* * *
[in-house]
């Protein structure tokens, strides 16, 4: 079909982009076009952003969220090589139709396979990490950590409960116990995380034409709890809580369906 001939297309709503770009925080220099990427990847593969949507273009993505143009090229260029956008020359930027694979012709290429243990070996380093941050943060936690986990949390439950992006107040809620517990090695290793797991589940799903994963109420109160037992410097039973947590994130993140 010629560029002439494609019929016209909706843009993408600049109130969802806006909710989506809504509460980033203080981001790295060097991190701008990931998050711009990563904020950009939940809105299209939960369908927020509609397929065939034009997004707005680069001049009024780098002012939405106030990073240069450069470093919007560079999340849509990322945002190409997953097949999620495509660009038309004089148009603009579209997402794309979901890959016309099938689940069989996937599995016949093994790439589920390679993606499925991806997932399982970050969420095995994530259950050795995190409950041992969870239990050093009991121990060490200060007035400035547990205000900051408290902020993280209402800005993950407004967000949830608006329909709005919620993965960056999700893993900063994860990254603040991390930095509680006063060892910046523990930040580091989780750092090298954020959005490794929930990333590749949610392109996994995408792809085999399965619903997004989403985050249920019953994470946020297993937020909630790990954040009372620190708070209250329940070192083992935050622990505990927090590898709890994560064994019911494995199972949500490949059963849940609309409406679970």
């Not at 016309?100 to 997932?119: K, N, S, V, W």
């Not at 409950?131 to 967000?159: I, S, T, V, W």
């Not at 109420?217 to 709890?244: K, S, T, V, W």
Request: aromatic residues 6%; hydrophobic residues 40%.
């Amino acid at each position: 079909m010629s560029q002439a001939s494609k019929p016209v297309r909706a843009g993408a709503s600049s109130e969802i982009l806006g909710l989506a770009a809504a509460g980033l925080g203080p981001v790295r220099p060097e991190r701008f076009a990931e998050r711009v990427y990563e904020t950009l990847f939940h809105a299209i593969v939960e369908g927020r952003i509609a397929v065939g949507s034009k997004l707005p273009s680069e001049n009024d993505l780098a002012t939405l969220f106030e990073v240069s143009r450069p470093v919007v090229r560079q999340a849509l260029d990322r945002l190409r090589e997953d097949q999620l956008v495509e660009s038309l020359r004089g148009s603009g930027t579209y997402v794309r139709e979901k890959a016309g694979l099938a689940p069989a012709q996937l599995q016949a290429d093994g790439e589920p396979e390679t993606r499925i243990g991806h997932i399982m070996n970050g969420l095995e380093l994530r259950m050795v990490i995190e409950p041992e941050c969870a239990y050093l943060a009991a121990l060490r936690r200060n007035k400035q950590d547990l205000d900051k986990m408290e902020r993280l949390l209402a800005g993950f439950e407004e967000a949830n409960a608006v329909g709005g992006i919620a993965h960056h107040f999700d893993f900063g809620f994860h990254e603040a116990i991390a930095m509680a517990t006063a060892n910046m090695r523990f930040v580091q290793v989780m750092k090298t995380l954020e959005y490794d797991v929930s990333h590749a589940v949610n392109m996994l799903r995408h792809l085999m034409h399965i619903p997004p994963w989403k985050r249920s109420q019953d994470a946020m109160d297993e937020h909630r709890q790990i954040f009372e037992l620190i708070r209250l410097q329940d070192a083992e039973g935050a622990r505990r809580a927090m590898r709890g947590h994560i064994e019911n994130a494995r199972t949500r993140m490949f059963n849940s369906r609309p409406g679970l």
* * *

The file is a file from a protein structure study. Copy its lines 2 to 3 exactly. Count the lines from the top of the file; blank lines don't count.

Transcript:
């Protein structure tokens, strides 16, 4: 079909982009076009952003969220090589139709396979990490950590409960116990995380034409709890809580369906 001939297309709503770009925080220099990427990847593969949507273009993505143009090229260029956008020359930027694979012709290429243990070996380093941050943060936690986990949390439950992006107040809620517990090695290793797991589940799903994963109420109160037992410097039973947590994130993140 010629560029002439494609019929016209909706843009993408600049109130969802806006909710989506809504509460980033203080981001790295060097991190701008990931998050711009990563904020950009939940809105299209939960369908927020509609397929065939034009997004707005680069001049009024780098002012939405106030990073240069450069470093919007560079999340849509990322945002190409997953097949999620495509660009038309004089148009603009579209997402794309979901890959016309099938689940069989996937599995016949093994790439589920390679993606499925991806997932399982970050969420095995994530259950050795995190409950041992969870239990050093009991121990060490200060007035400035547990205000900051408290902020993280209402800005993950407004967000949830608006329909709005919620993965960056999700893993900063994860990254603040991390930095509680006063060892910046523990930040580091989780750092090298954020959005490794929930990333590749949610392109996994995408792809085999399965619903997004989403985050249920019953994470946020297993937020909630790990954040009372620190708070209250329940070192083992935050622990505990927090590898709890994560064994019911494995199972949500490949059963849940609309409406679970």
């Not at 016309?100 to 997932?119: K, N, S, V, W």